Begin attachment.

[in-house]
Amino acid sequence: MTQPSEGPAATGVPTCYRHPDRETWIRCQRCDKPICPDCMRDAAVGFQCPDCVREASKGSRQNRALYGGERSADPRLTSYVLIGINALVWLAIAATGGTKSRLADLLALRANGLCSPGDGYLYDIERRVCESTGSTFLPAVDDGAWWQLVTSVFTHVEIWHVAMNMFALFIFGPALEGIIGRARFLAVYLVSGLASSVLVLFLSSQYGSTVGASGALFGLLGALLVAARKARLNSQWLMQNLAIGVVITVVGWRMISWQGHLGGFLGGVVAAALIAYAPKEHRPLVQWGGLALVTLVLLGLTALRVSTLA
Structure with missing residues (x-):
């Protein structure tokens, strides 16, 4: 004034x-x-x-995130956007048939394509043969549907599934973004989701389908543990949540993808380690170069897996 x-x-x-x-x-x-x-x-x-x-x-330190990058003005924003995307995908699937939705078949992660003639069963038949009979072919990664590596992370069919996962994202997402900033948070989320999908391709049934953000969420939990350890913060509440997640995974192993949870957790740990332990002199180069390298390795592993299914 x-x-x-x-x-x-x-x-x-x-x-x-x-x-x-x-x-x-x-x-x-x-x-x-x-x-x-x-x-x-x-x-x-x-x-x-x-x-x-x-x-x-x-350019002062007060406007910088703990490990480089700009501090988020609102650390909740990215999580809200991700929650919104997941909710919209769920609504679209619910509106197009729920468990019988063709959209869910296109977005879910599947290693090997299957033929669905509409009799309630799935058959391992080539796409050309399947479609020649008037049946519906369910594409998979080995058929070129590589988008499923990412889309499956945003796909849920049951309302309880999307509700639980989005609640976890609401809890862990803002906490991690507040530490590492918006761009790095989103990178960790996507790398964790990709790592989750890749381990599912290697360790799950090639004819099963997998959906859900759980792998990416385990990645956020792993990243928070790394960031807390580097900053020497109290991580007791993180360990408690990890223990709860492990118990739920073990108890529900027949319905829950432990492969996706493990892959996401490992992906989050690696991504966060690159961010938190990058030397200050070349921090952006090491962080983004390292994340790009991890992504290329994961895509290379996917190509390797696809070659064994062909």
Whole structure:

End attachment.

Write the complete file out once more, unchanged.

[in-house]
Amino acid sequence: MTQPSEGPAATGVPTCYRHPDRETWIRCQRCDKPICPDCMRDAAVGFQCPDCVREASKGSRQNRALYGGERSADPRLTSYVLIGINALVWLAIAATGGTKSRLADLLALRANGLCSPGDGYLYDIERRVCESTGSTFLPAVDDGAWWQLVTSVFTHVEIWHVAMNMFALFIFGPALEGIIGRARFLAVYLVSGLASSVLVLFLSSQYGSTVGASGALFGLLGALLVAARKARLNSQWLMQNLAIGVVITVVGWRMISWQGHLGGFLGGVVAAALIAYAPKEHRPLVQWGGLALVTLVLLGLTALRVSTLA
Structure with missing residues (x-):
């Protein structure tokens, strides 16, 4: 004034x-x-x-995130956007048939394509043969549907599934973004989701389908543990949540993808380690170069897996 x-x-x-x-x-x-x-x-x-x-x-330190990058003005924003995307995908699937939705078949992660003639069963038949009979072919990664590596992370069919996962994202997402900033948070989320999908391709049934953000969420939990350890913060509440997640995974192993949870957790740990332990002199180069390298390795592993299914 x-x-x-x-x-x-x-x-x-x-x-x-x-x-x-x-x-x-x-x-x-x-x-x-x-x-x-x-x-x-x-x-x-x-x-x-x-x-x-x-x-x-x-350019002062007060406007910088703990490990480089700009501090988020609102650390909740990215999580809200991700929650919104997941909710919209769920609504679209619910509106197009729920468990019988063709959209869910296109977005879910599947290693090997299957033929669905509409009799309630799935058959391992080539796409050309399947479609020649008037049946519906369910594409998979080995058929070129590589988008499923990412889309499956945003796909849920049951309302309880999307509700639980989005609640976890609401809890862990803002906490991690507040530490590492918006761009790095989103990178960790996507790398964790990709790592989750890749381990599912290697360790799950090639004819099963997998959906859900759980792998990416385990990645956020792993990243928070790394960031807390580097900053020497109290991580007791993180360990408690990890223990709860492990118990739920073990108890529900027949319905829950432990492969996706493990892959996401490992992906989050690696991504966060690159961010938190990058030397200050070349921090952006090491962080983004390292994340790009991890992504290329994961895509290379996917190509390797696809070659064994062909």
Whole structure: